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LawTalk
LawTalk, Attorney
Category: California Employment Law
Satisfied Customers: 27889
Experience:  I have 30 years of experience in the practice of law, including employment law and discrimination law.
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I have one more question for Doug. Would a reduction in force

Customer Question

I have one more question for Doug. Would a reduction in force fall under the same category for the FMLA Act. Because California was rearranged and her position was eliminated could we do a reduction in force and lay her off instead of putting her in another department? or that would fall under the category of the Protection Act for FMLA?
Submitted: 11 months ago.
Category: California Employment Law
Expert:  LawTalk replied 11 months ago.

Good afternoon Valerie,

Tell me, how many employees did your company lay off in the CA office where this employee worked at the time that there was a consolidation?

Are you saying that she would have been laid off anyway---despite her seniority and anything else about her record?

When did the consolidation occur and was it in direct response to her taking the FMLA leave and not being available? Please be utterly frank, as any equivocation will result in an answer that won't necessarily be helpful.

Doug

Customer: replied 11 months ago.

Thank you Doug. I understand completely what you are talking about.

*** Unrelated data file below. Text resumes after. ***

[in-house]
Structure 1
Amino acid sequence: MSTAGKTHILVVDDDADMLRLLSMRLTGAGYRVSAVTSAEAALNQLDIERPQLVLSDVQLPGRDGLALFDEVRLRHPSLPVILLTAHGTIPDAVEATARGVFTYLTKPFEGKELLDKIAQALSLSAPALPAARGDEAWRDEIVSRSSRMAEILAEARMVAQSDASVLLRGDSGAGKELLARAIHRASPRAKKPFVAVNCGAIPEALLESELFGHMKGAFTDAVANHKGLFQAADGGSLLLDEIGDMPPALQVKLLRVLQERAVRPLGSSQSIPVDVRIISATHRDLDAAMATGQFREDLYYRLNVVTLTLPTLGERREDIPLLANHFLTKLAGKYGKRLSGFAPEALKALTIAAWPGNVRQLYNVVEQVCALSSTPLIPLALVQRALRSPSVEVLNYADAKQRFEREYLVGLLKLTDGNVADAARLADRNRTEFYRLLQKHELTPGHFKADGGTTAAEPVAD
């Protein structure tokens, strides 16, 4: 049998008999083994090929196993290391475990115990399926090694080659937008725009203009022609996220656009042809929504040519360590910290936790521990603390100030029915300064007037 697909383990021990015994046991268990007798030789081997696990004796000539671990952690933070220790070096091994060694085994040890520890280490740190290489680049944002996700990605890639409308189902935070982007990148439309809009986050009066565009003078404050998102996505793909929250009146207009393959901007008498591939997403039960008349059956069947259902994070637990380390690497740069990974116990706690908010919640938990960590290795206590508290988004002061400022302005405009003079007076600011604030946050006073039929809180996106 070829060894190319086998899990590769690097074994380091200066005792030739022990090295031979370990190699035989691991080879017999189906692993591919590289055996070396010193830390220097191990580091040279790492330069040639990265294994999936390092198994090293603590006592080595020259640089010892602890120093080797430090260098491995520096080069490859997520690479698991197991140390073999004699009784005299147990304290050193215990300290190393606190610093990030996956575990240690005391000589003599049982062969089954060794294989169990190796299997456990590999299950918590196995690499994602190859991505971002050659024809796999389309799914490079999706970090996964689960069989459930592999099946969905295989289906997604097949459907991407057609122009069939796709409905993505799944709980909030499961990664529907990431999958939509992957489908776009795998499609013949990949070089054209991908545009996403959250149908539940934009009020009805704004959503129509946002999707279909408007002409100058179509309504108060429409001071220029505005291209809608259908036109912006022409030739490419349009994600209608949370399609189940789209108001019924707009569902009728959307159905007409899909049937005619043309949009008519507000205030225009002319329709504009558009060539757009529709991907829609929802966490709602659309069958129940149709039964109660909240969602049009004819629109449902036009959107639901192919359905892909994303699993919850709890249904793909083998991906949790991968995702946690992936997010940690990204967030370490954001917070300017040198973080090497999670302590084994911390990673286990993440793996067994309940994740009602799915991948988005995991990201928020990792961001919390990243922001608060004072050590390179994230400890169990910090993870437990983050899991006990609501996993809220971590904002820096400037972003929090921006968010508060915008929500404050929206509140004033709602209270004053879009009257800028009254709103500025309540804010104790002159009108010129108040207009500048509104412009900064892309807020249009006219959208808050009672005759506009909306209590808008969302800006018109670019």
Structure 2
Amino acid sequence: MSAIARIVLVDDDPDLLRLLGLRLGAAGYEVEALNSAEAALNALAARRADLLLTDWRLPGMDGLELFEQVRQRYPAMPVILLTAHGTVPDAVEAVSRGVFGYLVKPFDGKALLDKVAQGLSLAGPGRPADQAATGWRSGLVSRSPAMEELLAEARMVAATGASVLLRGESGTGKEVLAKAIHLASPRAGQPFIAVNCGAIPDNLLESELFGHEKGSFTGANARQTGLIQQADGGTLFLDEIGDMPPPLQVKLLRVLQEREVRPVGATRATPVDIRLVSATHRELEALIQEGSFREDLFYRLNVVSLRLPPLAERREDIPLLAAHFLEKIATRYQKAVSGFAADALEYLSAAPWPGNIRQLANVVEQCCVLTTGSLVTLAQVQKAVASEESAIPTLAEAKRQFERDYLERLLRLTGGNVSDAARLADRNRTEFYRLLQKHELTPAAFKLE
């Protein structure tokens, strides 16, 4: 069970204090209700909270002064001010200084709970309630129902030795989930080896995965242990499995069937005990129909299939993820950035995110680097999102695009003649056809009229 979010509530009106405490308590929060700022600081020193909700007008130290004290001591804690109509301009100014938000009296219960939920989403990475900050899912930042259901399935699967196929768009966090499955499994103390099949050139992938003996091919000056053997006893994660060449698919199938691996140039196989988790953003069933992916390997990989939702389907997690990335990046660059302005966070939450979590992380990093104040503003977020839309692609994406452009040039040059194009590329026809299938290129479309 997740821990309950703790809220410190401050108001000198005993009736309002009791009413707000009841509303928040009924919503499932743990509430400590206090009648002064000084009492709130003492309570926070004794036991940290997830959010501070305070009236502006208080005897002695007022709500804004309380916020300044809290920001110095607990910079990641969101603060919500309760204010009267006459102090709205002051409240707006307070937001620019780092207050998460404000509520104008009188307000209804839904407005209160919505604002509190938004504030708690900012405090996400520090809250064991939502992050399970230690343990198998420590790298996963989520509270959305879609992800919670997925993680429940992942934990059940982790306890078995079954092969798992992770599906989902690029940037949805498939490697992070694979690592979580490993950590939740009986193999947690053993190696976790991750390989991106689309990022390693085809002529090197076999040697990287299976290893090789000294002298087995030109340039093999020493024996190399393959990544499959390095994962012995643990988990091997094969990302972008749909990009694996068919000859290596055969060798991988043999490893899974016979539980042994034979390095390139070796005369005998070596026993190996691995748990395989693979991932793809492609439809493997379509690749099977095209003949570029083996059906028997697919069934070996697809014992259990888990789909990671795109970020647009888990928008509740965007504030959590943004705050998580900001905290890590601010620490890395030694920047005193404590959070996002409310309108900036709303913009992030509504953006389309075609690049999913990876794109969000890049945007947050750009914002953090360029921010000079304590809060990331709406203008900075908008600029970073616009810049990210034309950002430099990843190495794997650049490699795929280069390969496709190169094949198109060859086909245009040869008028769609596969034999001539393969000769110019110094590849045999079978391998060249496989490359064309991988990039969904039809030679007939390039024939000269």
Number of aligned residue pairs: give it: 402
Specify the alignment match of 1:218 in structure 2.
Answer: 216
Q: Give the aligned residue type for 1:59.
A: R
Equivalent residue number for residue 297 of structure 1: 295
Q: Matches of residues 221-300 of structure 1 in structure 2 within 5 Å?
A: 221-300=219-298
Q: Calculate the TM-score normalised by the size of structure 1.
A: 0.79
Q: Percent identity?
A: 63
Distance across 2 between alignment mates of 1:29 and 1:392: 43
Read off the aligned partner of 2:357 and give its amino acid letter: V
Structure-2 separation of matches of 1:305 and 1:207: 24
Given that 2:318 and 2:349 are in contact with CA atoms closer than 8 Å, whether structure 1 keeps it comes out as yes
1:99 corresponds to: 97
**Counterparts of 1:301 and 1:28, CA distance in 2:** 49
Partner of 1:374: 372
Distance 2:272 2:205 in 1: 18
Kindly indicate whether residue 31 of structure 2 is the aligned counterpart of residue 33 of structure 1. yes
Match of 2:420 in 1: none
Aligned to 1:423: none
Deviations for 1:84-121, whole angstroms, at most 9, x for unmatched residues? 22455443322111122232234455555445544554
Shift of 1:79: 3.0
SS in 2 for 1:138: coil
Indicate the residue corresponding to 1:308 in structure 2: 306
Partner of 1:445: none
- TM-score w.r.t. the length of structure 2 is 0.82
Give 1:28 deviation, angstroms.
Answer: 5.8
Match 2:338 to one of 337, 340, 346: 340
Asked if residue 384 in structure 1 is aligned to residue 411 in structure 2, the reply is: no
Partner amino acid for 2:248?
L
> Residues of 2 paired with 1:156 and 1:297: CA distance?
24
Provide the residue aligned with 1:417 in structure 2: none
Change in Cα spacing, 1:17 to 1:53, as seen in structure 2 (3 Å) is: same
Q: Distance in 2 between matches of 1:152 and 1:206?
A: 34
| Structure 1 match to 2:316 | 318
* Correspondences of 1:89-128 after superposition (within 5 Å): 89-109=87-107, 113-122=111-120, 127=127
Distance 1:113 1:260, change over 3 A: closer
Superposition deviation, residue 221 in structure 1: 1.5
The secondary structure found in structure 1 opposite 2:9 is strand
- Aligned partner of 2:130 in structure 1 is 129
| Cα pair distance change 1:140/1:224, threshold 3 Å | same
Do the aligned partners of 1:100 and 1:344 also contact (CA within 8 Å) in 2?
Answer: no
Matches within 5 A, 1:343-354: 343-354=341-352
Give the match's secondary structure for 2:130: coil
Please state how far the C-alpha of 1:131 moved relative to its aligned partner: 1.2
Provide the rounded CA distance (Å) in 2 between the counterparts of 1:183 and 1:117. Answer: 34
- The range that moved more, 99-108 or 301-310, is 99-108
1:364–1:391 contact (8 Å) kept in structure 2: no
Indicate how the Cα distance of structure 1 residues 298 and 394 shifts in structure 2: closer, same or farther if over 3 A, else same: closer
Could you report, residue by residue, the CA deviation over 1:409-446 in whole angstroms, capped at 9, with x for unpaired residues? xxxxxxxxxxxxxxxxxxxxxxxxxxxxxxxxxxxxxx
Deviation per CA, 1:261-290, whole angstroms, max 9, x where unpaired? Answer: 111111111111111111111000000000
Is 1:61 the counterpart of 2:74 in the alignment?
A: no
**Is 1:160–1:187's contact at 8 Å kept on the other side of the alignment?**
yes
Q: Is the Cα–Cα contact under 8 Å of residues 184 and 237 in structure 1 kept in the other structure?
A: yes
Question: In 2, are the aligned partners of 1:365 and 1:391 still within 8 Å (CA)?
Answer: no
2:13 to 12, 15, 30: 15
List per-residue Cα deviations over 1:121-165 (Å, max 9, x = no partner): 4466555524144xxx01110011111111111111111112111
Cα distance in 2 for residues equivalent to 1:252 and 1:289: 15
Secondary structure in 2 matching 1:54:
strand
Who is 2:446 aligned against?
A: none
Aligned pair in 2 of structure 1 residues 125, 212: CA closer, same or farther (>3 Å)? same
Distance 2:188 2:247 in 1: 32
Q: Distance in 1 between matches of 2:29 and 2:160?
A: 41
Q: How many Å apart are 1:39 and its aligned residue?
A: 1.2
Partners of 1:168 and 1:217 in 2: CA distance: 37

I really appreciate your time.


 


Her manager said that before she went on FMLA she missed deadlines for projects so they decided to eliminate that position, but I have no write ups to backup the statement. I do understand that FMLA protects your job for the three months.


 


Thank you again for your time.


 

Expert:  LawTalk replied 11 months ago.

Hi Valerie,

If no other people were laid off, and essentially her position was just split up as an expedient convenience for the company, it sounds as though, but for the FMLA leave she would not have had her position disappear, and there is not enough to show that she was scheduled for termination---especially with no write-ups.

The lack of anything to back up the rational basis for ending this employee's position---other than the FMLA leave---raises some real red flags if your company demotes her or places her in a non-comparable position---so you probably want to avoid that.